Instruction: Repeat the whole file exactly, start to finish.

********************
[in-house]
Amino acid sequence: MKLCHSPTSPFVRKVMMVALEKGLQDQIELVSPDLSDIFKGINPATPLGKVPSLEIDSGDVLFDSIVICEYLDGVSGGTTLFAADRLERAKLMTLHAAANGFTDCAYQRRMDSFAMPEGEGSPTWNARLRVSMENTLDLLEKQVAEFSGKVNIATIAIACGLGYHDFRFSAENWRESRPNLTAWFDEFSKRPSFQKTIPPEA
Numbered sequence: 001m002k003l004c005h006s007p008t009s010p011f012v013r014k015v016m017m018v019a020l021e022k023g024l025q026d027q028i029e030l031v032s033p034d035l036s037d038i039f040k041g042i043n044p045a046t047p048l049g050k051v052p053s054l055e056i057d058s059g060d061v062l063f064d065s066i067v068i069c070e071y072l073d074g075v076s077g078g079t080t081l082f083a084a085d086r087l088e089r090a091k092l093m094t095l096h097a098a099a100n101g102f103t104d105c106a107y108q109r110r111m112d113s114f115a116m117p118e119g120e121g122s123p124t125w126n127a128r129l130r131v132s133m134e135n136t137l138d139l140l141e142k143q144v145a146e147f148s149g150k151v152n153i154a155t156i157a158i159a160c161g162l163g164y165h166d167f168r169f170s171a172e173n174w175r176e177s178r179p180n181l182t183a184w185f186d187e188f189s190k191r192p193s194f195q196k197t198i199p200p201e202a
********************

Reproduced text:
[in-house]
Amino acid sequence: MKLCHSPTSPFVRKVMMVALEKGLQDQIELVSPDLSDIFKGINPATPLGKVPSLEIDSGDVLFDSIVICEYLDGVSGGTTLFAADRLERAKLMTLHAAANGFTDCAYQRRMDSFAMPEGEGSPTWNARLRVSMENTLDLLEKQVAEFSGKVNIATIAIACGLGYHDFRFSAENWRESRPNLTAWFDEFSKRPSFQKTIPPEA
Numbered sequence: 001m002k003l004c005h006s007p008t009s010p011f012v013r014k015v016m017m018v019a020l021e022k023g024l025q026d027q028i029e030l031v032s033p034d035l036s037d038i039f040k041g042i043n044p045a046t047p048l049g050k051v052p053s054l055e056i057d058s059g060d061v062l063f064d065s066i067v068i069c070e071y072l073d074g075v076s077g078g079t080t081l082f083a084a085d086r087l088e089r090a091k092l093m094t095l096h097a098a099a100n101g102f103t104d105c106a107y108q109r110r111m112d113s114f115a116m117p118e119g120e121g122s123p124t125w126n127a128r129l130r131v132s133m134e135n136t137l138d139l140l141e142k143q144v145a146e147f148s149g150k151v152n153i154a155t156i157a158i159a160c161g162l163g164y165h166d167f168r169f170s171a172e173n174w175r176e177s178r179p180n181l182t183a184w185f186d187e188f189s190k191r192p193s194f195q196k197t198i199p200p201e202a